Turning your passion or idea into a business is very exciting. Once you make this decision, there will be an endless number of things to do: Building out your product or service, marketing, landing your new customer, hiring, managing a team, etc.
Finance is one aspect of business that is vital to understand. You have to know your numbers. What are your sales? Fixed expenses? Projections? Your finances tell you how healthy your business is.
Before launching my social media marketing firm, Socialfly, I worked in finance as an underwriter and financial analyst. These roles gave me the finance acumen necessary to run a successful business. Here are the three financial skills I found most valuable to the success of building my business.
1. Be realistic about pricing
When you are first starting your business, figuring out how to price your product or service can be a challenge. When my partner and I first started our business, we were so excited to take on any new client that we didn’t dream of turning any down. What we learned over time, though, is that some of our clients require a significant amount of more time to service than others. We needed to get a better handle on our gross margin by client—or the revenue minus the cost of goods sold divided by the total sales revenue, expressed as a percentage.
To do this, we started requiring our employees to track their time per client. Soon, we realized that some of our larger clients were not as profitable per hour as some of our smaller retainer clients. This insight has helped us to have conversations with our clients about increasing retainers. This also allowed us to see which clients were not profitable and were just hurting our bottom line.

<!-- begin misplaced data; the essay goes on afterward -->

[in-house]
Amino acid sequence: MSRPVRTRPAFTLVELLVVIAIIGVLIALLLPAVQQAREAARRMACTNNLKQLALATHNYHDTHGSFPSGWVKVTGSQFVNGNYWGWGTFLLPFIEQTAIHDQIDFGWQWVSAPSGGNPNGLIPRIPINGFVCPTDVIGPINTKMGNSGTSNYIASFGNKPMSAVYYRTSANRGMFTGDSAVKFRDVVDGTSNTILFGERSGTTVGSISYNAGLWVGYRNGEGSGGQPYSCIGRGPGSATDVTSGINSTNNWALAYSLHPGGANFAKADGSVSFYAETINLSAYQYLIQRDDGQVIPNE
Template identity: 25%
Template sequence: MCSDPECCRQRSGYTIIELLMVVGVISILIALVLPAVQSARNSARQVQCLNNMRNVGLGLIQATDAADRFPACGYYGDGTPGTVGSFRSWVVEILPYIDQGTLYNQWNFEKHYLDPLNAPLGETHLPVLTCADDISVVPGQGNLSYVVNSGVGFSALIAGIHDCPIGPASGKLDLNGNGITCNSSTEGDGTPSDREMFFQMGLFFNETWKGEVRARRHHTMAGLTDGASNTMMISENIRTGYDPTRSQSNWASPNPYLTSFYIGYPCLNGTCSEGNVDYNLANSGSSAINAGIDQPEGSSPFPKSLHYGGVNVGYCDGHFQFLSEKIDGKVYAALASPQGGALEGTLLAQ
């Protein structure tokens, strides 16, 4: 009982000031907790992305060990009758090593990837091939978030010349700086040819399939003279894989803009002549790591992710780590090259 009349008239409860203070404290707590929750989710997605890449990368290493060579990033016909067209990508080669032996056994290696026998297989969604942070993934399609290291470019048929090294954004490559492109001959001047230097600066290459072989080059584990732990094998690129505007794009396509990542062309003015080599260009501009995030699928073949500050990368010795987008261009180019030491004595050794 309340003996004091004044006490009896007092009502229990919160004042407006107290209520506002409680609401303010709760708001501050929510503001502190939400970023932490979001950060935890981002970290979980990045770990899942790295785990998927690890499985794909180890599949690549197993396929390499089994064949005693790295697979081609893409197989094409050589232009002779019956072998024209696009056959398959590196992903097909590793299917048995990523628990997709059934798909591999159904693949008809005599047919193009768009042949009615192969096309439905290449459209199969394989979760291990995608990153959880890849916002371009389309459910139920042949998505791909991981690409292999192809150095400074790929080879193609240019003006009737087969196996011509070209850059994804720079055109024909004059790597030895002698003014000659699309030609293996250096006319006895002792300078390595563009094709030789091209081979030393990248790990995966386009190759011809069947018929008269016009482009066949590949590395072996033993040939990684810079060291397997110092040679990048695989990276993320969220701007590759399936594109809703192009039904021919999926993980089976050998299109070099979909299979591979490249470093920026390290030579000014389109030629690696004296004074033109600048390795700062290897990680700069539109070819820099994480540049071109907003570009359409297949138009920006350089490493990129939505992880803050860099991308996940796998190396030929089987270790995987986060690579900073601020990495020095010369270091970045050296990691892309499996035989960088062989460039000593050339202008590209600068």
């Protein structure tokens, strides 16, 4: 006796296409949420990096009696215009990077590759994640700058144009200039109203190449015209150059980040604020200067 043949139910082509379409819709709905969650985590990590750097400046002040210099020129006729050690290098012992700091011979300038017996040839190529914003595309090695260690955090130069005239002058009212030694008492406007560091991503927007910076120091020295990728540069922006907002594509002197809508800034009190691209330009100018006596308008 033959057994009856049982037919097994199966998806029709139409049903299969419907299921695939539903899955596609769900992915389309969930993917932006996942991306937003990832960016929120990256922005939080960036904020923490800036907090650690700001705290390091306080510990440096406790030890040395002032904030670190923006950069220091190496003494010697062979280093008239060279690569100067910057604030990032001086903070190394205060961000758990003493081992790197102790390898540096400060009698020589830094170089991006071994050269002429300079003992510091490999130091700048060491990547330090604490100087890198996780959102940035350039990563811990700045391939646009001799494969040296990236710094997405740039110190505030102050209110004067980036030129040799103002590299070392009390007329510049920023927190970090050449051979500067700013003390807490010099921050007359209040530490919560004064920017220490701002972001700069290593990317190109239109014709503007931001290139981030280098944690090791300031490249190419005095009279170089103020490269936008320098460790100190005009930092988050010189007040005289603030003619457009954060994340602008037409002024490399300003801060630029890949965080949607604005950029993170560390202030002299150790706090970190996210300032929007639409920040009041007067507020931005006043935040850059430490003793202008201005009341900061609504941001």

2. Know what you can afford
Cash flow is the amount of money that is coming in and out of your business.
In order to run your business, you need to pay your rent, vendors and employees on time. This requires having a certain amount of cash on-hand at any given time. Credit cards can help buy you more time, but you will have to pay them eventually. I never feel comfortable spending more than a business can afford. Know how fast your customers pay their bills, and consider providing incentives for paying quickly. When starting out, try to be as lean as you can by keeping expenditures to a minimum.
We are able to rely on our cash flow to run our business because of the payment terms that we negotiate with our clients. All of our clients are required to pay us within 30 days. We know when we can expect payment. This allows us to make business decisions based on the amount of cash we know we have coming in. We can also time our payments to vendors, subscriptions and payroll during the times of the month when we know we have the right amount of money in our bank account.
3. Keep your books organized
When you first start your business, you should get into the habit of tracking all of your expenses and revenue in an organized way. I recommend using QuickBooks Online for invoicing and expense tracking. There are QuickBooks specialists who can provide QuickBooks training should you need assistance in learning how to use it.
As your business grows and becomes more profitable, you will need to hire both a bookkeeper, who can keep track of all expenses and cash flow, and an accountant, who can provide strategic tax advice to you. This advice includes when to make large purchases, what can be written off and how to set up your business. It is also important to note that an LLC has different tax implications than a corporation, so there may be a time when it will make sense to change how your business is structured.
Managing the finances of your business may seem like a daunting task, but developing an understanding of the economics of your company is key to growing it profitably.